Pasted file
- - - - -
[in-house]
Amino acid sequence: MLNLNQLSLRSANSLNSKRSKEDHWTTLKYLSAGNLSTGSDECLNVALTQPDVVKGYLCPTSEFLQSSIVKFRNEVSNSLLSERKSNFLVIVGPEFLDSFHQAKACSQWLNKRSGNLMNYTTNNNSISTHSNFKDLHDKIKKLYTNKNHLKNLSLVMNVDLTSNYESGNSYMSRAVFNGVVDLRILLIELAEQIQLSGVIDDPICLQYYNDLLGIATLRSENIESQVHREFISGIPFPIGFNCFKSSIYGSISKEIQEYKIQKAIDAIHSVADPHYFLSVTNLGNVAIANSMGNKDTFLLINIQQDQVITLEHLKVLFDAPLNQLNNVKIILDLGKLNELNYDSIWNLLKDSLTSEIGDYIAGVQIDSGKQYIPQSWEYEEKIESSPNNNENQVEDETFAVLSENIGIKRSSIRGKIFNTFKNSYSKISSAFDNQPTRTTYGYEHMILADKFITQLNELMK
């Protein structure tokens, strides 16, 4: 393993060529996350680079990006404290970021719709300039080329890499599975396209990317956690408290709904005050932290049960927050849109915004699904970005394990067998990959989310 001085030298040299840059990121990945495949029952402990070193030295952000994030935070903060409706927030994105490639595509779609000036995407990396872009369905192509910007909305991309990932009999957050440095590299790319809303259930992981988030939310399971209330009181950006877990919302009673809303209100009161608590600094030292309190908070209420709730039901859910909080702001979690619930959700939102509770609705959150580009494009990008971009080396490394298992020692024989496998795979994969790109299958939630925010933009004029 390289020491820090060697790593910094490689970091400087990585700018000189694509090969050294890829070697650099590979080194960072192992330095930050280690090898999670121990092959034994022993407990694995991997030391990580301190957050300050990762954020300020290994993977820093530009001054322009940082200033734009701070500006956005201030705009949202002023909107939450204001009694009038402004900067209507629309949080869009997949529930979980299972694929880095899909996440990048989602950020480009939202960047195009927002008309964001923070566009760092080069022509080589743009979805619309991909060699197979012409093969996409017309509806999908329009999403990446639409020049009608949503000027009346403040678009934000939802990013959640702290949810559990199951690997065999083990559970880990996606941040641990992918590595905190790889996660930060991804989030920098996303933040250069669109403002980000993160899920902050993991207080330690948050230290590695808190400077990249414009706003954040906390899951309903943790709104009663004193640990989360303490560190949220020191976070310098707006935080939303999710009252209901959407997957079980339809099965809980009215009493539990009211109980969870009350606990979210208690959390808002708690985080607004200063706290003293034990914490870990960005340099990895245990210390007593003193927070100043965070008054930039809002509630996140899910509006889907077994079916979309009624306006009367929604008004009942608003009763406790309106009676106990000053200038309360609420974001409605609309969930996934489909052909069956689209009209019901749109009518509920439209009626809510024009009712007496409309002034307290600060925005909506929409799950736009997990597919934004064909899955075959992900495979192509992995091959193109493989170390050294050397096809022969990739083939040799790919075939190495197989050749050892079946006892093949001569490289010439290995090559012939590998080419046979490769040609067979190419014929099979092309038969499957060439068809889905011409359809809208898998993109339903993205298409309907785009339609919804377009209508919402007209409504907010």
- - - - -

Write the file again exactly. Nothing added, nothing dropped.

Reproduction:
[in-house]
Amino acid sequence: MLNLNQLSLRSANSLNSKRSKEDHWTTLKYLSAGNLSTGSDECLNVALTQPDVVKGYLCPTSEFLQSSIVKFRNEVSNSLLSERKSNFLVIVGPEFLDSFHQAKACSQWLNKRSGNLMNYTTNNNSISTHSNFKDLHDKIKKLYTNKNHLKNLSLVMNVDLTSNYESGNSYMSRAVFNGVVDLRILLIELAEQIQLSGVIDDPICLQYYNDLLGIATLRSENIESQVHREFISGIPFPIGFNCFKSSIYGSISKEIQEYKIQKAIDAIHSVADPHYFLSVTNLGNVAIANSMGNKDTFLLINIQQDQVITLEHLKVLFDAPLNQLNNVKIILDLGKLNELNYDSIWNLLKDSLTSEIGDYIAGVQIDSGKQYIPQSWEYEEKIESSPNNNENQVEDETFAVLSENIGIKRSSIRGKIFNTFKNSYSKISSAFDNQPTRTTYGYEHMILADKFITQLNELMK
């Protein structure tokens, strides 16, 4: 393993060529996350680079990006404290970021719709300039080329890499599975396209990317956690408290709904005050932290049960927050849109915004699904970005394990067998990959989310 001085030298040299840059990121990945495949029952402990070193030295952000994030935070903060409706927030994105490639595509779609000036995407990396872009369905192509910007909305991309990932009999957050440095590299790319809303259930992981988030939310399971209330009181950006877990919302009673809303209100009161608590600094030292309190908070209420709730039901859910909080702001979690619930959700939102509770609705959150580009494009990008971009080396490394298992020692024989496998795979994969790109299958939630925010933009004029 390289020491820090060697790593910094490689970091400087990585700018000189694509090969050294890829070697650099590979080194960072192992330095930050280690090898999670121990092959034994022993407990694995991997030391990580301190957050300050990762954020300020290994993977820093530009001054322009940082200033734009701070500006956005201030705009949202002023909107939450204001009694009038402004900067209507629309949080869009997949529930979980299972694929880095899909996440990048989602950020480009939202960047195009927002008309964001923070566009760092080069022509080589743009979805619309991909060699197979012409093969996409017309509806999908329009999403990446639409020049009608949503000027009346403040678009934000939802990013959640702290949810559990199951690997065999083990559970880990996606941040641990992918590595905190790889996660930060991804989030920098996303933040250069669109403002980000993160899920902050993991207080330690948050230290590695808190400077990249414009706003954040906390899951309903943790709104009663004193640990989360303490560190949220020191976070310098707006935080939303999710009252209901959407997957079980339809099965809980009215009493539990009211109980969870009350606990979210208690959390808002708690985080607004200063706290003293034990914490870990960005340099990895245990210390007593003193927070100043965070008054930039809002509630996140899910509006889907077994079916979309009624306006009367929604008004009942608003009763406790309106009676106990000053200038309360609420974001409605609309969930996934489909052909069956689209009209019901749109009518509920439209009626809510024009009712007496409309002034307290600060925005909506929409799950736009997990597919934004064909899955075959992900495979192509992995091959193109493989170390050294050397096809022969990739083939040799790919075939190495197989050749050892079946006892093949001569490289010439290995090559012939590998080419046979490769040609067979190419014929099979092309038969499957060439068809889905011409359809809208898998993109339903993205298409309907785009339609919804377009209508919402007209409504907010």